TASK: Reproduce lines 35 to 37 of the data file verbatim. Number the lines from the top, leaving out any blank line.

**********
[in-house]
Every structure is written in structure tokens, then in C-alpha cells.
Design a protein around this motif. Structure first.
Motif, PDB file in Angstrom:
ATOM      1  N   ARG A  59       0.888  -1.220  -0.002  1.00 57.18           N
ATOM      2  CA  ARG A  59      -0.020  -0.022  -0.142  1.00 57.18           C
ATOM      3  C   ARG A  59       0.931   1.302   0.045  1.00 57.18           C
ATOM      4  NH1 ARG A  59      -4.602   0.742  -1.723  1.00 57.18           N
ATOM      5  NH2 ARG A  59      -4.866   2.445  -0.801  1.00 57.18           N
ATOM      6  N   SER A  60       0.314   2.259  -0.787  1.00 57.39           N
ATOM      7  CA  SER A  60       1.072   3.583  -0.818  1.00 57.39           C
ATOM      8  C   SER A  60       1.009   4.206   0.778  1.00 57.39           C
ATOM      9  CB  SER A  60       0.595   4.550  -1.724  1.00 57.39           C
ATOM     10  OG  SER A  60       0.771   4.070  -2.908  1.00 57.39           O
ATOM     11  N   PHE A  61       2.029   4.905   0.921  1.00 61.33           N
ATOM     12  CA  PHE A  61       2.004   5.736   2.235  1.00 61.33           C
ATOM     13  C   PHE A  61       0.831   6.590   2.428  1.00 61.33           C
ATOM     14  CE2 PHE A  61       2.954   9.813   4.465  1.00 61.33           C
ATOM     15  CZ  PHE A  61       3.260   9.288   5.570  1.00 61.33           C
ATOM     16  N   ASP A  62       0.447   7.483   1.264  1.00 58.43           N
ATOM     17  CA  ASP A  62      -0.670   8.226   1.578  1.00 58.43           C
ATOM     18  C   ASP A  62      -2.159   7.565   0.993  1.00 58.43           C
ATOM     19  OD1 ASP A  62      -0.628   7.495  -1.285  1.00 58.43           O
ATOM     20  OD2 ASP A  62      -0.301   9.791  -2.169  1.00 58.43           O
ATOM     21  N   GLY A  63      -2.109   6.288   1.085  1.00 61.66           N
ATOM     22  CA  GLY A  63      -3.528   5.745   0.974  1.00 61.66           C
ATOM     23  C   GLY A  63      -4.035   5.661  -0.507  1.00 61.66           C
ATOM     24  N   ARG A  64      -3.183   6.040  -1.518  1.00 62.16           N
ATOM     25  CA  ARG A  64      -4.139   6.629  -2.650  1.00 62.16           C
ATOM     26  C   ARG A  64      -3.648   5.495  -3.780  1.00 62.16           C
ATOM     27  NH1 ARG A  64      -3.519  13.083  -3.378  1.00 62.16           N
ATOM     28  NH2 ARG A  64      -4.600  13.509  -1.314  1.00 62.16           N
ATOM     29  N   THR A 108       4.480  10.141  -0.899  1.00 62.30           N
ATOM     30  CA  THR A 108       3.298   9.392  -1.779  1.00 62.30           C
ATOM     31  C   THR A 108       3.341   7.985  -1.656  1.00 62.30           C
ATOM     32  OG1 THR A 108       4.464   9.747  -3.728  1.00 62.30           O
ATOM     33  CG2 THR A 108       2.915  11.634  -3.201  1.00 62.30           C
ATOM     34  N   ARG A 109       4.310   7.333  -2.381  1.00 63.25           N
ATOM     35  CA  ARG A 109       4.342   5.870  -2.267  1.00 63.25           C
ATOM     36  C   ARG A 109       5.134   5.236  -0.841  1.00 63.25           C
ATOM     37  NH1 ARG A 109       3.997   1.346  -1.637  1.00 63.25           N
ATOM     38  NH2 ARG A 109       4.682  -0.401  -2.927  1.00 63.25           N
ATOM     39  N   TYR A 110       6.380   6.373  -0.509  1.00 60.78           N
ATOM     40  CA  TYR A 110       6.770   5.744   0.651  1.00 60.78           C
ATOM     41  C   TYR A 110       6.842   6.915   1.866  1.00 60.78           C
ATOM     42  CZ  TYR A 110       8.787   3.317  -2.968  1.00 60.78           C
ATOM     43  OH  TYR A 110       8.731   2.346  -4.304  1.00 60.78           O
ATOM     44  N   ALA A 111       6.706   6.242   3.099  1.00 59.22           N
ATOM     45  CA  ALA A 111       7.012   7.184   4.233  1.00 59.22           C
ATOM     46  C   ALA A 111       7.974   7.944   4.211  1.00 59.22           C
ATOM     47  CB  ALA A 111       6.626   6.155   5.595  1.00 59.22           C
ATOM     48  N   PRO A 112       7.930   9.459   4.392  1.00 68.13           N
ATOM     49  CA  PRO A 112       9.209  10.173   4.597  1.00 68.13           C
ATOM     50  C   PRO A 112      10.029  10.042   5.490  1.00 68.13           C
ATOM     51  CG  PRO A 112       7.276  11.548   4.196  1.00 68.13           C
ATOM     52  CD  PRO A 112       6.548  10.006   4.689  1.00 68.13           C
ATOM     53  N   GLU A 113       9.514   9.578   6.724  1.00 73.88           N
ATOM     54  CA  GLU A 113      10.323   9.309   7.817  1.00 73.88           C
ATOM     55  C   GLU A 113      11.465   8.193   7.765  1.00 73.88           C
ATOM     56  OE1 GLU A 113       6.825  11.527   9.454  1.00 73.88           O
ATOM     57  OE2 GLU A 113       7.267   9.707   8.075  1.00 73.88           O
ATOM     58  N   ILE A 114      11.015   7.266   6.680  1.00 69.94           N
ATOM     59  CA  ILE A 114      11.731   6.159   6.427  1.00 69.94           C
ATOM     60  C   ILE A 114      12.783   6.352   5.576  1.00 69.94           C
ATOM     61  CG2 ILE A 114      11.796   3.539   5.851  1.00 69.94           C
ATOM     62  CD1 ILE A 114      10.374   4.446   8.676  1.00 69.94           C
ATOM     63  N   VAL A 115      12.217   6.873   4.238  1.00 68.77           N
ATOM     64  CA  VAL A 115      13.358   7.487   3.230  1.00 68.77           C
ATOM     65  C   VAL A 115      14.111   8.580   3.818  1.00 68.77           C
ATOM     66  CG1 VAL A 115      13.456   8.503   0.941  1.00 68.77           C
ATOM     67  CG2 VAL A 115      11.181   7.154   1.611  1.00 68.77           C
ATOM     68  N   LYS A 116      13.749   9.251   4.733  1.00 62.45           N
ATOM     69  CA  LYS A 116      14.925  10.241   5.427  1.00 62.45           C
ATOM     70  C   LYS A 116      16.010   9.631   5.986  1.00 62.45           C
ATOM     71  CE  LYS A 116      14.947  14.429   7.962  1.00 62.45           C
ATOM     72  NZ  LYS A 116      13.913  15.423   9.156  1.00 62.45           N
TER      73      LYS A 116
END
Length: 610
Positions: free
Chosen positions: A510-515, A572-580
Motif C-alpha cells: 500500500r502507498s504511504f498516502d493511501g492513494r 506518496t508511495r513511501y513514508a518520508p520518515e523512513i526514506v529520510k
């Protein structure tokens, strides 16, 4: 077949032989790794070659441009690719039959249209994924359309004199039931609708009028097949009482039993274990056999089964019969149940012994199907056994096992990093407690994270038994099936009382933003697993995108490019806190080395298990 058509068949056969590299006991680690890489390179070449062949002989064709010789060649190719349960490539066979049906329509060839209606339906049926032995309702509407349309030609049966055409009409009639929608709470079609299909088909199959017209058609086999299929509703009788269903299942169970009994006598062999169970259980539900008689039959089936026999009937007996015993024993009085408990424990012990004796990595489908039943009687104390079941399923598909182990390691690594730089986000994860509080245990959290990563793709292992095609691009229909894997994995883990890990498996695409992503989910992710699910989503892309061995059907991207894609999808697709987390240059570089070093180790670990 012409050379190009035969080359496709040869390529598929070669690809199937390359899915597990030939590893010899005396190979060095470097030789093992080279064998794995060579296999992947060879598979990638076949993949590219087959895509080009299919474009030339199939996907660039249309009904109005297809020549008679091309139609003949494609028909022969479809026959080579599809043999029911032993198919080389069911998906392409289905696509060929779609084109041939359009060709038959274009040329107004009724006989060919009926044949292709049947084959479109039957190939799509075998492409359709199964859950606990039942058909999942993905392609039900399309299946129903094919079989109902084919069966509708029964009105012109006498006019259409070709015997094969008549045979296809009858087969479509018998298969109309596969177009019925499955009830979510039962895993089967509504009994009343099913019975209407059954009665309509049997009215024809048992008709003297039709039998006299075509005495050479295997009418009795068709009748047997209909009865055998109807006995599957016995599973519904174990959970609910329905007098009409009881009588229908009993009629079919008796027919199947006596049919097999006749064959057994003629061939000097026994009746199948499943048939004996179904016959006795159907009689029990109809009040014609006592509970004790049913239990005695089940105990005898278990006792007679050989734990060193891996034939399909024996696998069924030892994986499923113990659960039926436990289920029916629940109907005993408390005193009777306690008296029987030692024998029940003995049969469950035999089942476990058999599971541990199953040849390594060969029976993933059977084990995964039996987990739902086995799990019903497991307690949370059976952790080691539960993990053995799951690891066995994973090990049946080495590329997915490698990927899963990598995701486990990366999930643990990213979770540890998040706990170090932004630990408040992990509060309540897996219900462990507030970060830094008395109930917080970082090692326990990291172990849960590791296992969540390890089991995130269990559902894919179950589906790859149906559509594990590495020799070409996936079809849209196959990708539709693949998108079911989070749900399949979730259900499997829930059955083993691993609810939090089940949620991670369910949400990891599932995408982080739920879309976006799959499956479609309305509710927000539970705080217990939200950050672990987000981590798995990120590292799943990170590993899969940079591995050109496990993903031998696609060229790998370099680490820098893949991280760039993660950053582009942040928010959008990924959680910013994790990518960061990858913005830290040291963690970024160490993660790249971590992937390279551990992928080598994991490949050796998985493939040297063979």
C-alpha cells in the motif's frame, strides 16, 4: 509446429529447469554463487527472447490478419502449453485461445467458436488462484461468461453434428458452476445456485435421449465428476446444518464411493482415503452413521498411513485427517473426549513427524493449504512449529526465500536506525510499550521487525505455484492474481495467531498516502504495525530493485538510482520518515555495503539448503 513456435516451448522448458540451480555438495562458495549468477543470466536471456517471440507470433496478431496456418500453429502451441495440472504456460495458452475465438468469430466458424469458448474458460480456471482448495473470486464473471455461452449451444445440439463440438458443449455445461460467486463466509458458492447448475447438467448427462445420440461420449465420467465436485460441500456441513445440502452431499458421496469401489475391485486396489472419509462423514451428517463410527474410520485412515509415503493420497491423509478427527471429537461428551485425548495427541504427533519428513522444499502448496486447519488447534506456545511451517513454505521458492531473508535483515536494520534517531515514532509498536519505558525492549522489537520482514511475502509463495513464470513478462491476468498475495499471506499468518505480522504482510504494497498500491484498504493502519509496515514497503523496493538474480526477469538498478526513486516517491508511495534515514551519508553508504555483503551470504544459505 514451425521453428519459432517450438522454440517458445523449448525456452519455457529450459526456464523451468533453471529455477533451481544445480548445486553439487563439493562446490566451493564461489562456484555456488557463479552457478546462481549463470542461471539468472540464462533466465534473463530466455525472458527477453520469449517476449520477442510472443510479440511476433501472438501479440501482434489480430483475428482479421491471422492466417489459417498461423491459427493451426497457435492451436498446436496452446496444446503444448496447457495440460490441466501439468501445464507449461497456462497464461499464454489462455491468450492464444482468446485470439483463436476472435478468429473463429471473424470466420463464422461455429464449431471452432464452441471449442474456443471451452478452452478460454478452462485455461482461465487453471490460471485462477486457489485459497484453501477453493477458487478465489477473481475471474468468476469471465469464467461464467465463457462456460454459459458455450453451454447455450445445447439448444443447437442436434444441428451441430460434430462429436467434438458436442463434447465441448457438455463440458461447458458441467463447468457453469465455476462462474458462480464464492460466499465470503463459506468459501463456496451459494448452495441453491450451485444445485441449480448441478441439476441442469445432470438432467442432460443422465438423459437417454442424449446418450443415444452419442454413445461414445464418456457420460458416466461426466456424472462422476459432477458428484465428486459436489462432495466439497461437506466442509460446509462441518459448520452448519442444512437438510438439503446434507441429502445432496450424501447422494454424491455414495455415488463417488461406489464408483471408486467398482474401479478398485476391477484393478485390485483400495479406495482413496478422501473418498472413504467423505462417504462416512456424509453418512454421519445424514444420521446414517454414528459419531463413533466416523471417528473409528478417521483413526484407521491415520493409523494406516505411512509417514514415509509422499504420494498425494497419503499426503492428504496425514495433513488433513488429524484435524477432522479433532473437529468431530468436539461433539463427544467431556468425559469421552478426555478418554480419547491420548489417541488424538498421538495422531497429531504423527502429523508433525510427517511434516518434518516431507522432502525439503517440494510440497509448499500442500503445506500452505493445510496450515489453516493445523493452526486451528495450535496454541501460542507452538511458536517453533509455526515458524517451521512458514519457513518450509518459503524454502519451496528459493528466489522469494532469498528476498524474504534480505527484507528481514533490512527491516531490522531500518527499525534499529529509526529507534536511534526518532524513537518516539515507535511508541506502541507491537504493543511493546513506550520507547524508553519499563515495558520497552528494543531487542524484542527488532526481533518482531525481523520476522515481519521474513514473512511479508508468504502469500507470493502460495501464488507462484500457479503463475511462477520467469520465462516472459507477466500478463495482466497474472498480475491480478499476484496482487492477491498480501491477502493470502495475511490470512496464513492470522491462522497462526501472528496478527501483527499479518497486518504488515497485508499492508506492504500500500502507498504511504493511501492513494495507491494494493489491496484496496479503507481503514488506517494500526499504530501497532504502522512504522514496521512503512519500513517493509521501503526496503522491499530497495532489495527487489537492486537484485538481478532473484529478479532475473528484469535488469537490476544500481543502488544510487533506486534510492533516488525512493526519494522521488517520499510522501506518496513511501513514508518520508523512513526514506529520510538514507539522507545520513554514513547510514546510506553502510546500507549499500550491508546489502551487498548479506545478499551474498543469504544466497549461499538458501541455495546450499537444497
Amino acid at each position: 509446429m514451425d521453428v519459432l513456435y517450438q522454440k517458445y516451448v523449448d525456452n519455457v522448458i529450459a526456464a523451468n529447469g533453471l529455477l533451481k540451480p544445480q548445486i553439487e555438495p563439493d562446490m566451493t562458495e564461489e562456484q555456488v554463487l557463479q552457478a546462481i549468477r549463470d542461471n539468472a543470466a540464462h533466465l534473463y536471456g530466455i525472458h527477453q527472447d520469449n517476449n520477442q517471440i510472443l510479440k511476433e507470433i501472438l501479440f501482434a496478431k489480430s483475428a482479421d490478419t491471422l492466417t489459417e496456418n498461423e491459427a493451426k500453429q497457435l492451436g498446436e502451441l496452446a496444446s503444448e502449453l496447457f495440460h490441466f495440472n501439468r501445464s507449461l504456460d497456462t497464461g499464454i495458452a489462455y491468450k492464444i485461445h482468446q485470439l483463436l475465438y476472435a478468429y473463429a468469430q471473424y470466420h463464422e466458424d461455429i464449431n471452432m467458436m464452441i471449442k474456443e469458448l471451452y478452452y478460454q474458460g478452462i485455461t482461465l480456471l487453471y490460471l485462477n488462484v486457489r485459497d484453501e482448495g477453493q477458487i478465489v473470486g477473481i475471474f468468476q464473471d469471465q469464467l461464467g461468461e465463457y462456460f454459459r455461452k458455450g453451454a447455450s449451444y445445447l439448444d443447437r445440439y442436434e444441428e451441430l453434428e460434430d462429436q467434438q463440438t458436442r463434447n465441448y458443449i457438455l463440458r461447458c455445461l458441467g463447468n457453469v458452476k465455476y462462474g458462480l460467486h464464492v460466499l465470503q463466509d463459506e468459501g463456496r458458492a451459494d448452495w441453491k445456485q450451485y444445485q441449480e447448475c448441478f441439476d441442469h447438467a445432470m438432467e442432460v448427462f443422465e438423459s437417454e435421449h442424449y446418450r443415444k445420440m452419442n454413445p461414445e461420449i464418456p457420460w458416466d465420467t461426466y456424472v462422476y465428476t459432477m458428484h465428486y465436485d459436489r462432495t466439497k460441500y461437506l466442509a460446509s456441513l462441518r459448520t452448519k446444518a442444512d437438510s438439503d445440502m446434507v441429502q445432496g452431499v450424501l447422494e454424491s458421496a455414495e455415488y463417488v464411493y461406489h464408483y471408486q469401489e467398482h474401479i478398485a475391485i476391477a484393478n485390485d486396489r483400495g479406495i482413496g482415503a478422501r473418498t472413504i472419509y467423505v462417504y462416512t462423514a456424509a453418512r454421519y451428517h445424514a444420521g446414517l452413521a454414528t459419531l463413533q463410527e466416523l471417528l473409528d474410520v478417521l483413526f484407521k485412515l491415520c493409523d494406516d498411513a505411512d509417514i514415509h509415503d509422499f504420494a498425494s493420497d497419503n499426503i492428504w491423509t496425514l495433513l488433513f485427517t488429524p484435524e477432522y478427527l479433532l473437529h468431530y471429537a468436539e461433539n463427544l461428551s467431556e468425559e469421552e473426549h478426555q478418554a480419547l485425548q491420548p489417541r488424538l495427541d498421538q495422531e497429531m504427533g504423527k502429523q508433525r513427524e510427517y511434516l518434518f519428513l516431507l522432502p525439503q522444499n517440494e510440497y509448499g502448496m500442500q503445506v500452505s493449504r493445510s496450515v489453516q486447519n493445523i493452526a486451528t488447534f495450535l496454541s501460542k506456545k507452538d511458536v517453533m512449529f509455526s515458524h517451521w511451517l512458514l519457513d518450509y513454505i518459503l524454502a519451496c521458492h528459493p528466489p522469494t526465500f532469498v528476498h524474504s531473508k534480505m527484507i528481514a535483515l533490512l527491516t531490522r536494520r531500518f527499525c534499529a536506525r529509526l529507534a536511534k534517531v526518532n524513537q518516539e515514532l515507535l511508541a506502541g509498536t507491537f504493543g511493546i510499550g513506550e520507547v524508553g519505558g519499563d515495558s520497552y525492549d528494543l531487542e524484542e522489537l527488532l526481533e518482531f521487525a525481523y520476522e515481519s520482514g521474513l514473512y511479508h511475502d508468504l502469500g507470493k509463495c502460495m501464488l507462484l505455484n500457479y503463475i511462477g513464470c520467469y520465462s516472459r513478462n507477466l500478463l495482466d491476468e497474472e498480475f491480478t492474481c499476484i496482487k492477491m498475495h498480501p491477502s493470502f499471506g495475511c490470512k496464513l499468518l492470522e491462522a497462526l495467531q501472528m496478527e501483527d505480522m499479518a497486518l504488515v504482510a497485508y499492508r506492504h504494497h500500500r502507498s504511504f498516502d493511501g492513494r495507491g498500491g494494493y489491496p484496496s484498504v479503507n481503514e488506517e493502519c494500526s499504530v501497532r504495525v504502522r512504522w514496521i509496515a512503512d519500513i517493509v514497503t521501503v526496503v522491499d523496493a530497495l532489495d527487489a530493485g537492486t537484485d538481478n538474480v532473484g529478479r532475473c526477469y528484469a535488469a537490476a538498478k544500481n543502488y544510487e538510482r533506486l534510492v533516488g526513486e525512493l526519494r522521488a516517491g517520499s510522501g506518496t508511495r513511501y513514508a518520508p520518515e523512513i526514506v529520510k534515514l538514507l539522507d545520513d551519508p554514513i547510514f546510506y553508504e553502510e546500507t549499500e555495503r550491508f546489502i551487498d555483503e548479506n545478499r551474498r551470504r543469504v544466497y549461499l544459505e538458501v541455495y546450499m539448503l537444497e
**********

ATOM     31  C   THR A 108       3.341   7.985  -1.656  1.00 62.30           C
ATOM     32  OG1 THR A 108       4.464   9.747  -3.728  1.00 62.30           O
ATOM     33  CG2 THR A 108       2.915  11.634  -3.201  1.00 62.30           C